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Another Way Exercise Helps Rheumatoid Arthritis

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A study described in Medline news seemed to give mysterious theories about strangely different body composition distribution of people with rheumatoid arthritis. What is this mysterious change? The people with the hardest time getting around had "increasing amounts of fat and decreasing amounts of lean mass (skeletal muscle) on the arms and legs."

The authors of the study theorized that the difference altered the "normal range of motion of the arms and legs" or may, "biochemically interfere with muscular function" or even "may be infiltrating the muscles." Perhaps a less mysterious conclusion can be added. Anyone with or without arthritis will have more difficulty and discomfort getting around when they have high fat and low muscle. That is called being out of shape. Being out of shape makes movement difficult. It is not a mystery. Whether being out of shape is not your fault because of a condition does not matter. If someone has arthritis, that is even more reason that they need regular healthful exercise. The study reminded that people with higher fat and lower lean (muscle) can be normal weight. You can be out of shape and too weak to comfortably support body weight at any weight, not only if you are very heavy.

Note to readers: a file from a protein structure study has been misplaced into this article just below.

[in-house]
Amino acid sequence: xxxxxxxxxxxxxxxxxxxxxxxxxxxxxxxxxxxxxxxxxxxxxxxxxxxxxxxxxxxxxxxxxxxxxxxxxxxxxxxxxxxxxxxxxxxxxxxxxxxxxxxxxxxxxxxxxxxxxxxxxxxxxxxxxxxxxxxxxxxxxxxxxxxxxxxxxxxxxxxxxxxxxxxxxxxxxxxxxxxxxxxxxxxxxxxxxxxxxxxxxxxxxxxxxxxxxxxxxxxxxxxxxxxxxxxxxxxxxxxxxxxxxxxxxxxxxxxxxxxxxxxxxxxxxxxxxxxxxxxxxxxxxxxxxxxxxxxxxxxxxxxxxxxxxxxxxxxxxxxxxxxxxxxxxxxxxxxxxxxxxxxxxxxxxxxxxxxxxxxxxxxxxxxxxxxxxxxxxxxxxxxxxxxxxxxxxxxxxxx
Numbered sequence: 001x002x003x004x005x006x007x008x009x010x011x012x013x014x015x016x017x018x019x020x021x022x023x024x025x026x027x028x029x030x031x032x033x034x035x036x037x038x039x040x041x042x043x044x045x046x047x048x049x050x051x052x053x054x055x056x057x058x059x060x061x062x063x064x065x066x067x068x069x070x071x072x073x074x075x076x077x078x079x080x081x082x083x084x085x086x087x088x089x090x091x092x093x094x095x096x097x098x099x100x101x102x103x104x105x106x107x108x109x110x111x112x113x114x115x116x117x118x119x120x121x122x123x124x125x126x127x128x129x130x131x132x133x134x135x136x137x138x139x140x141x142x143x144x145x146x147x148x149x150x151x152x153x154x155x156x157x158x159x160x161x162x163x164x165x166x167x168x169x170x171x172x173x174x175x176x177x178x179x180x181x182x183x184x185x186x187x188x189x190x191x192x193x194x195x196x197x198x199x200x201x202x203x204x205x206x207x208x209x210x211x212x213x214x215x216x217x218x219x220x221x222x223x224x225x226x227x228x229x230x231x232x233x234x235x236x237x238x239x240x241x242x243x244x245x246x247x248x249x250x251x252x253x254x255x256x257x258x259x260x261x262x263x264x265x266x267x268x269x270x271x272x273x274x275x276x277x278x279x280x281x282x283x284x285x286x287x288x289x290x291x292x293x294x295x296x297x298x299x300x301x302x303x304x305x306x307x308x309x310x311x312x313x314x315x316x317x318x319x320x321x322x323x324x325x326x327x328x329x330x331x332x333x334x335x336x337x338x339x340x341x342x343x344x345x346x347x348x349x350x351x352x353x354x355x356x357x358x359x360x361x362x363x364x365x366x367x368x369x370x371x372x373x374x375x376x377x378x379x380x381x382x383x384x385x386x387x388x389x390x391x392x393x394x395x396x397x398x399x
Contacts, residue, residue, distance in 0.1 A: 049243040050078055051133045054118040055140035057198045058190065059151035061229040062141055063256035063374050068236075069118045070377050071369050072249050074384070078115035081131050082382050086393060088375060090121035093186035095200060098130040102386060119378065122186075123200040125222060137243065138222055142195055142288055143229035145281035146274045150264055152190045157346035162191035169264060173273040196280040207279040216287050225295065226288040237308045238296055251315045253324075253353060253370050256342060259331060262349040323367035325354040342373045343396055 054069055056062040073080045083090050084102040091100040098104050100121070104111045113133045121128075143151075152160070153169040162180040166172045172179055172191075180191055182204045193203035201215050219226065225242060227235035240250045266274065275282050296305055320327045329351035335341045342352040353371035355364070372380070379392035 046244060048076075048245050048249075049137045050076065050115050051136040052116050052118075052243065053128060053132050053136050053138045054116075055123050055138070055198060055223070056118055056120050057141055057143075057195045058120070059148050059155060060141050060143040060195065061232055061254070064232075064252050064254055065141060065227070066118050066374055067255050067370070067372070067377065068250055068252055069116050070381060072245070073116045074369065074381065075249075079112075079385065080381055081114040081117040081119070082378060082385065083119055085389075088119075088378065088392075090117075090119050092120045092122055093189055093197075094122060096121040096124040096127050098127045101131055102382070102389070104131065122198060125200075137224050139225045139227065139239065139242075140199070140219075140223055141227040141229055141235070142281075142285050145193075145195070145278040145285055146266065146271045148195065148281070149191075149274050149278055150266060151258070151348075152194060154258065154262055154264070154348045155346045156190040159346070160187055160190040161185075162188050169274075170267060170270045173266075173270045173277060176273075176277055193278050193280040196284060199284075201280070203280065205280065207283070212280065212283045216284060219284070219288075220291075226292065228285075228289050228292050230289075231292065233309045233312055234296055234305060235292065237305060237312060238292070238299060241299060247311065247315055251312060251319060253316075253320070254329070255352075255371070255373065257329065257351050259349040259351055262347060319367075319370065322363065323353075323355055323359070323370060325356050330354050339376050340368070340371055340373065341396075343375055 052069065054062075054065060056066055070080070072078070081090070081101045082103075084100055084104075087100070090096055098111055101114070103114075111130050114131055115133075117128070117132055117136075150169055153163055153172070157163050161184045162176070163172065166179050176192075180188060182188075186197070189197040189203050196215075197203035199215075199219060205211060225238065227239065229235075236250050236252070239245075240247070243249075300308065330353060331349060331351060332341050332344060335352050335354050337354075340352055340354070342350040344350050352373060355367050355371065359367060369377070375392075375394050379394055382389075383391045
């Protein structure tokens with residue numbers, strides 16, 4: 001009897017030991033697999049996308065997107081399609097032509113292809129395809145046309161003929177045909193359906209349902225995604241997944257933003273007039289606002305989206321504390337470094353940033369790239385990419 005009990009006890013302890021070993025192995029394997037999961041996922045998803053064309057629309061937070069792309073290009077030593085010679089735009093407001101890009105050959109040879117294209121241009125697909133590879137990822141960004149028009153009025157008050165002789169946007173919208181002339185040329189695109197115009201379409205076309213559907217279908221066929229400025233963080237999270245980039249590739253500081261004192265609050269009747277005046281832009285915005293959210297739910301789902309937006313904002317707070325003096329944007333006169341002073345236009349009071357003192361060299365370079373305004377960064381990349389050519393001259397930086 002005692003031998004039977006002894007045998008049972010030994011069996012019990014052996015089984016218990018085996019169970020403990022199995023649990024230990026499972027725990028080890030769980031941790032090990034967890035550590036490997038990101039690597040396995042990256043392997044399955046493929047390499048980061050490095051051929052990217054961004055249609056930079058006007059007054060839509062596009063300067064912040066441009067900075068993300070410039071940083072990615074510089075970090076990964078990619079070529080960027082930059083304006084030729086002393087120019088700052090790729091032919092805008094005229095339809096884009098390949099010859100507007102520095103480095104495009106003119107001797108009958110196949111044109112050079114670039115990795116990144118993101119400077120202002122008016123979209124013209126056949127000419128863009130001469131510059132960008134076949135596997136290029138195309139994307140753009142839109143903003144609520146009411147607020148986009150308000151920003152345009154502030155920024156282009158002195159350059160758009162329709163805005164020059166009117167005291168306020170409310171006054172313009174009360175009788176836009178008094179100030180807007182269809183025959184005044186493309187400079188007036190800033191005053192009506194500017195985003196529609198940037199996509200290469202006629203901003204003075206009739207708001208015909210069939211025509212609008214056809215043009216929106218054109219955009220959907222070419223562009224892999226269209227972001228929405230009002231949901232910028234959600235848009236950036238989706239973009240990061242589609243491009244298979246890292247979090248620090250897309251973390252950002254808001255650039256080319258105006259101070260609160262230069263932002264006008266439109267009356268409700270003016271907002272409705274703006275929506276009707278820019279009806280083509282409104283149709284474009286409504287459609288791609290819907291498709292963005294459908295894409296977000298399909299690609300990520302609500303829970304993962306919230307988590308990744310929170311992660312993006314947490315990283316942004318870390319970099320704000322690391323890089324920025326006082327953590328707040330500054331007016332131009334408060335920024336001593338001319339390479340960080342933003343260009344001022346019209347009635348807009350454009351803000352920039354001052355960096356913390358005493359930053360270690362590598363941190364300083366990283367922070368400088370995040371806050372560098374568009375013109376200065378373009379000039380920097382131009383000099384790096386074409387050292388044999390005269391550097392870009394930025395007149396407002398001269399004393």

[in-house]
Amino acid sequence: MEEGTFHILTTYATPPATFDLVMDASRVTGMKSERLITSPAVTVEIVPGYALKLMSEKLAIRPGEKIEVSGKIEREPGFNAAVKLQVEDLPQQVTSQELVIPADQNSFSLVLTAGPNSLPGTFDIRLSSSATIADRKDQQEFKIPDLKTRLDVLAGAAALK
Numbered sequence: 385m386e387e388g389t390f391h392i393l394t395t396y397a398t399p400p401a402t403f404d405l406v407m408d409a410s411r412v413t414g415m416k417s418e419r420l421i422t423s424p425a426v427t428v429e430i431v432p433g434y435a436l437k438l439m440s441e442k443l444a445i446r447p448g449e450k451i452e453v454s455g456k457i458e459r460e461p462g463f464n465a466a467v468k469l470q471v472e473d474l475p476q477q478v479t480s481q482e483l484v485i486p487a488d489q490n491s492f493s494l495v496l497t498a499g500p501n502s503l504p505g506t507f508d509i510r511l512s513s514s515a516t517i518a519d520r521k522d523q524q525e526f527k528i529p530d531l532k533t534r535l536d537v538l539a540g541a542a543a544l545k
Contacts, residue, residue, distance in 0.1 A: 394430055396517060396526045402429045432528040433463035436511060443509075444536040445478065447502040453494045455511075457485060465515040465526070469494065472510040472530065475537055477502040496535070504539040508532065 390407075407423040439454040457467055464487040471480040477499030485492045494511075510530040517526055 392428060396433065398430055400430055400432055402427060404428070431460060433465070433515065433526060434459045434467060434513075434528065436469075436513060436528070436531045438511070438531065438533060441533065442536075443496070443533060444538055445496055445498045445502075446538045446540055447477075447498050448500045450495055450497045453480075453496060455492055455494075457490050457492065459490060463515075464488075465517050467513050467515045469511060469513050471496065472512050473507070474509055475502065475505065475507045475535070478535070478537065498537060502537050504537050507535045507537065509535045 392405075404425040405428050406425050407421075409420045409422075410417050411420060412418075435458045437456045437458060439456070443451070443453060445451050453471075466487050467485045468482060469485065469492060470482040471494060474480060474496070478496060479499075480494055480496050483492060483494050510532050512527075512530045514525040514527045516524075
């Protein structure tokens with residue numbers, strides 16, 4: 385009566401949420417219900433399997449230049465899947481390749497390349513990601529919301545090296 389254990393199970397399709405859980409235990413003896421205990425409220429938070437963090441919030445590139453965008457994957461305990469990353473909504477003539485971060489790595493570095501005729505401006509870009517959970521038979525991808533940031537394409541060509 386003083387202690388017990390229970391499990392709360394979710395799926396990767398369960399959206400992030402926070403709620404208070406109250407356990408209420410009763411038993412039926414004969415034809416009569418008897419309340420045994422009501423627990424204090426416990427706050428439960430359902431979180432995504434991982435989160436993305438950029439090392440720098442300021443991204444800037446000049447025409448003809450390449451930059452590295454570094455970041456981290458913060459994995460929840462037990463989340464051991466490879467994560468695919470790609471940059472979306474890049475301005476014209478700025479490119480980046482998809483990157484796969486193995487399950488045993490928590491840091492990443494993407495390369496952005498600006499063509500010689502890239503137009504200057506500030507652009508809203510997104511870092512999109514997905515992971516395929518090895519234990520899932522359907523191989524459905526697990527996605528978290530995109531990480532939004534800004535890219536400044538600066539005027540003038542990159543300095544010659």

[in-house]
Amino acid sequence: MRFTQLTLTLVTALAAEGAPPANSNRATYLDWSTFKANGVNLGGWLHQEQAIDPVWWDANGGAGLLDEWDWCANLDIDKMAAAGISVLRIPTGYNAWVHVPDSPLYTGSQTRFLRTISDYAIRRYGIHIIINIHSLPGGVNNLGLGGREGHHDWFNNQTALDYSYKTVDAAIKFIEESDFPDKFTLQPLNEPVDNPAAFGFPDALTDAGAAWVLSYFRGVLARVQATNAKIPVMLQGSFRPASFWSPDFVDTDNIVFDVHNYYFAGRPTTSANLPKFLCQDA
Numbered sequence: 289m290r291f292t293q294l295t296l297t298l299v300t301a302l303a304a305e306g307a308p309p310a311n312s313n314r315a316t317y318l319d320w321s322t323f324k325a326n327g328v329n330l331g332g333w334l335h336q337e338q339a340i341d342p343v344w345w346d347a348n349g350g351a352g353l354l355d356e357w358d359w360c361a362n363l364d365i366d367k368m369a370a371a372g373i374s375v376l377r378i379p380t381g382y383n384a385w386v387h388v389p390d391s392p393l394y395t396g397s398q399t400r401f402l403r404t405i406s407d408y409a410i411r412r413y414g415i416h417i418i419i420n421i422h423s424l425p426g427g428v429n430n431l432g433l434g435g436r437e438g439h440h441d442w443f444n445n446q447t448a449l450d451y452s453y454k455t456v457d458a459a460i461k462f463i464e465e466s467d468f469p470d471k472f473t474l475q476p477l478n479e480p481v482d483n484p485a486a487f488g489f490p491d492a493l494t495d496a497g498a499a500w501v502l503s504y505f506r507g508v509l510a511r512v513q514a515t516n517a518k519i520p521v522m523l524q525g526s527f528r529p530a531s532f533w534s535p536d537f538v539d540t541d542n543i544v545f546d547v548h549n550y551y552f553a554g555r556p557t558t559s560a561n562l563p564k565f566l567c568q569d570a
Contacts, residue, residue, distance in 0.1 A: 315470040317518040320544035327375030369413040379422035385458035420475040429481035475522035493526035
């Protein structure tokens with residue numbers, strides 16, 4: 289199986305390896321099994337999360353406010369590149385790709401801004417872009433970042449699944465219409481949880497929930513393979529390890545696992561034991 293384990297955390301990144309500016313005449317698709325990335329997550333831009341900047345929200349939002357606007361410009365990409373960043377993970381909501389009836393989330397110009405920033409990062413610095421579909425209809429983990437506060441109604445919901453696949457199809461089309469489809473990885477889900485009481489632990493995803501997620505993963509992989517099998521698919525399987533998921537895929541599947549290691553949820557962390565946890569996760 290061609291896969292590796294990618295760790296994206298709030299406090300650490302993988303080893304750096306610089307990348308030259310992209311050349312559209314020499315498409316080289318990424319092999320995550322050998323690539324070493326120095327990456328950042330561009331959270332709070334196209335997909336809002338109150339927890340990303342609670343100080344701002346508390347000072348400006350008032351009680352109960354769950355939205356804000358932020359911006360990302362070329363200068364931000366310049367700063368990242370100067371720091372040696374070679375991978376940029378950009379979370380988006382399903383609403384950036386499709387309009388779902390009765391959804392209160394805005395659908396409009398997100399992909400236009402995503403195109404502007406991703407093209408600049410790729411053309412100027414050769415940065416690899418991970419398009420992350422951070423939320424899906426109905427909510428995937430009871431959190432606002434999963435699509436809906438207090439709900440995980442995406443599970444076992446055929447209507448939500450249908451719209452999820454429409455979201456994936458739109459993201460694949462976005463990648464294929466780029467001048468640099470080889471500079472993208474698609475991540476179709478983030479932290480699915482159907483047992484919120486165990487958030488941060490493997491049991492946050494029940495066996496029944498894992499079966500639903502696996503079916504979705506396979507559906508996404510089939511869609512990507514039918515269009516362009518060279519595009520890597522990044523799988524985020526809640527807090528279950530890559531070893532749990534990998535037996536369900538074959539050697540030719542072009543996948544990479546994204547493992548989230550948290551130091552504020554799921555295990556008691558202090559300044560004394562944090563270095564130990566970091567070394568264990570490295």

The study authors write," However, since one's body composition can be altered, there is hope to reduce the amount of disability and improve the quality of life of these patients." I have been tracking the topic of this particular study for a while now. Previous studies showing that rheumatoid arthritis patients improved body composition with arthritis drugs were done by people working with and receiving salaries from the drug manufacturer. An obvious and easy way to alter body composition is simple regular fun activity:

Get started on lifestyle exercise:


See if pain comes more from ordinary bad habits than arthritis:


See if common medicines and foods work make pain or problems:


What else is exercise good for?


Regular exercise will make you able to get around more easily. You do not need exercise machines or expensive programs or therapies. Go walking, dancing, biking, or do whatever activities you love or used to love. If it's hard, remember that Olympic athletes gasp with effort. Top athletes have sore muscles the next day. Being mildly out of breath, and using muscles because of healthy exercise can be good, not bad. Use common sense starting something that will be both fun and healthy.


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About the Author


M.Ed, PhD, FAWM

Dr. Bookspan is an award-winning scientist whose goal is to make exercise easier and healthier.

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